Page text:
Cloth: 978-0-226-32679-5 | Electronic: 978-0-226-32680-1
AVAILABLE FROMUniversity of Chicago Press (cloth, ebook)
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ABOUT THIS BOOK
Thousands of products promoting the Christian faith are sold to millions of consumers each year through the Web, mail order catalogs, and even national chains such as Kmart and Wal-Mart. Heather Hendershot explores in this book the vast industry of film, video, magazines, and kitsch that evangelicals use to spread their message. Focusing on the center of conservative evangelical culture—the white, middle-class Americans who can afford to buy "Christian lifestyle" products—she examines the industrial history of evangelist media, the curious subtleties of the products themselves, and their success in the religious and secular marketplace.
To garner a wider audience, Hendershot argues, evangelicals have had to carefully temper their message. But in so doing, they have painted themselves into a corner. In the postwar years, evangelical media wore the message of salvation on its sleeve, but as the evangelical media industry has grown, many of its most popular products have been those with heavily diluted Christian messages. In the eyes of many followers, the evangelicals who purvey such products are sellouts—hucksters more interested in making money than spreading the word of God.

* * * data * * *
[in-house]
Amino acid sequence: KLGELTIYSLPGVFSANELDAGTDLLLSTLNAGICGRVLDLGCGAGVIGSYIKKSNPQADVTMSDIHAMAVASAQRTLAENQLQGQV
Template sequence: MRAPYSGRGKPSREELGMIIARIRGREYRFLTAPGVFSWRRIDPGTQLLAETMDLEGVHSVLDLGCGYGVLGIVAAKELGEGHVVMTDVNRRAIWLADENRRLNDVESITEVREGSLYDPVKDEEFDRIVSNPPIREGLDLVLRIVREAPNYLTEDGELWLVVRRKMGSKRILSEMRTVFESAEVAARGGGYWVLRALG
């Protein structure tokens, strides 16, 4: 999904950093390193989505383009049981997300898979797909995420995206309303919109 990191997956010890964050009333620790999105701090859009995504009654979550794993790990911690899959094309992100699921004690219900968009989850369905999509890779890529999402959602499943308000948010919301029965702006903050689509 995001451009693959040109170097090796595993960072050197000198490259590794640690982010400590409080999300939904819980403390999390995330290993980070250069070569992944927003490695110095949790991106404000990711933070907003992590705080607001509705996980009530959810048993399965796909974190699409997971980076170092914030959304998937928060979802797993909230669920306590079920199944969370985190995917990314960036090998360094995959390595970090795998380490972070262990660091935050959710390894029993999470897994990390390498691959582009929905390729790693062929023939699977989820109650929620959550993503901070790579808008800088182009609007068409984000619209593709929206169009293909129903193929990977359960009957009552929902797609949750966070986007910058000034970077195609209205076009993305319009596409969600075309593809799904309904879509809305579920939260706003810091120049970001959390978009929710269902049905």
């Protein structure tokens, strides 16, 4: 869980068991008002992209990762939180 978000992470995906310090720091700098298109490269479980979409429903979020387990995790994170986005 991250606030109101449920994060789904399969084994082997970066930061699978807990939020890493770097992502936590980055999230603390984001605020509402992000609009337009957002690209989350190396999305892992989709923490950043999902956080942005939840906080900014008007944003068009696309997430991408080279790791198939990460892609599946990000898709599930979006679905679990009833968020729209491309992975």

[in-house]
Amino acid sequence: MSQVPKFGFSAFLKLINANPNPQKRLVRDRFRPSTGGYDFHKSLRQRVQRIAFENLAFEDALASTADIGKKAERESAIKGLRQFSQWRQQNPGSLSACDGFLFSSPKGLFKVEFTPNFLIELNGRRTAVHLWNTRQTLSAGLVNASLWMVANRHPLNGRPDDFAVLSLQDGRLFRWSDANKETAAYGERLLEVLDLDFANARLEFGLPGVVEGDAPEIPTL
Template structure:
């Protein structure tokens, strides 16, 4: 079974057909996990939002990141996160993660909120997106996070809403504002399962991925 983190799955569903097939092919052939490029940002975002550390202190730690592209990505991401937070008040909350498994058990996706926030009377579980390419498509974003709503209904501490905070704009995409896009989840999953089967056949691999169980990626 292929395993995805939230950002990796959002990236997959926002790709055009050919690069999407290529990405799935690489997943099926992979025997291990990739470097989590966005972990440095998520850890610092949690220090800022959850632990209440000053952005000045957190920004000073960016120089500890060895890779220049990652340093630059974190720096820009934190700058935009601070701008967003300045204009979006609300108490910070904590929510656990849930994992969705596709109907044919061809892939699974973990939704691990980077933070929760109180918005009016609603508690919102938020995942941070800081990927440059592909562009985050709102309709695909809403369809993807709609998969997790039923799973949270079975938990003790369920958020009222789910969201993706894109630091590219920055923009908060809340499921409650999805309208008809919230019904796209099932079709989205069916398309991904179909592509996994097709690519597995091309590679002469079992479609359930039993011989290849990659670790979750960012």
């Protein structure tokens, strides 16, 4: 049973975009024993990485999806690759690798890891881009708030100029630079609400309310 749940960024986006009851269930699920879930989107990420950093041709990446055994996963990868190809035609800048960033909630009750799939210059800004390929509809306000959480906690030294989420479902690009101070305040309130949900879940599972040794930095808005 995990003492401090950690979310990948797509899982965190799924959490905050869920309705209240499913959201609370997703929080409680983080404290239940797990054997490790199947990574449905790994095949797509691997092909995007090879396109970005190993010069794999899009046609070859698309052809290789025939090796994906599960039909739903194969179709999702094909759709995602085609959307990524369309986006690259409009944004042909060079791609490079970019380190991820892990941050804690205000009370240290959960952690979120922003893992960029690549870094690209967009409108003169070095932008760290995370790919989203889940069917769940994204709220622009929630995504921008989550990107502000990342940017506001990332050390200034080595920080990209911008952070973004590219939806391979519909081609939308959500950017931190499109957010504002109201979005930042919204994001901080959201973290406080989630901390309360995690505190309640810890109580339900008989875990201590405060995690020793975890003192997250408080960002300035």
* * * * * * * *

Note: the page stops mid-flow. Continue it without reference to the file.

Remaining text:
Working to understand evangelicalism rather than pass judgment on it, Shaking the World for Jesus offers a penetrating glimpse into a thriving religious phenomenon.
TABLE OF CONTENTS
PART ONE: COMMODIFICATION
1. For-Profit Prophets: Christian Cultural Products and the Selling of Jesus
2. Why Should the Devil Have All the Good Music? Christian Music and the Secular Marketplace
PART TWO: SEXUALITY
3. Virgins for Jesus: The Gender Politics of Therapeutic Christian Media
4. Holiness Codes and Holy Homosexuals: Interpreting Gay and Lesbian Christian Subculture
PART THREE: FILMMAKING
5. Putting God under the Microscope: The Moody Institute of Science’s Cinema of Devotion
6. Praying for the End of the World: The Past, Present, and Future of Christian Apocalyptic Media
Conclusion: The End Is Near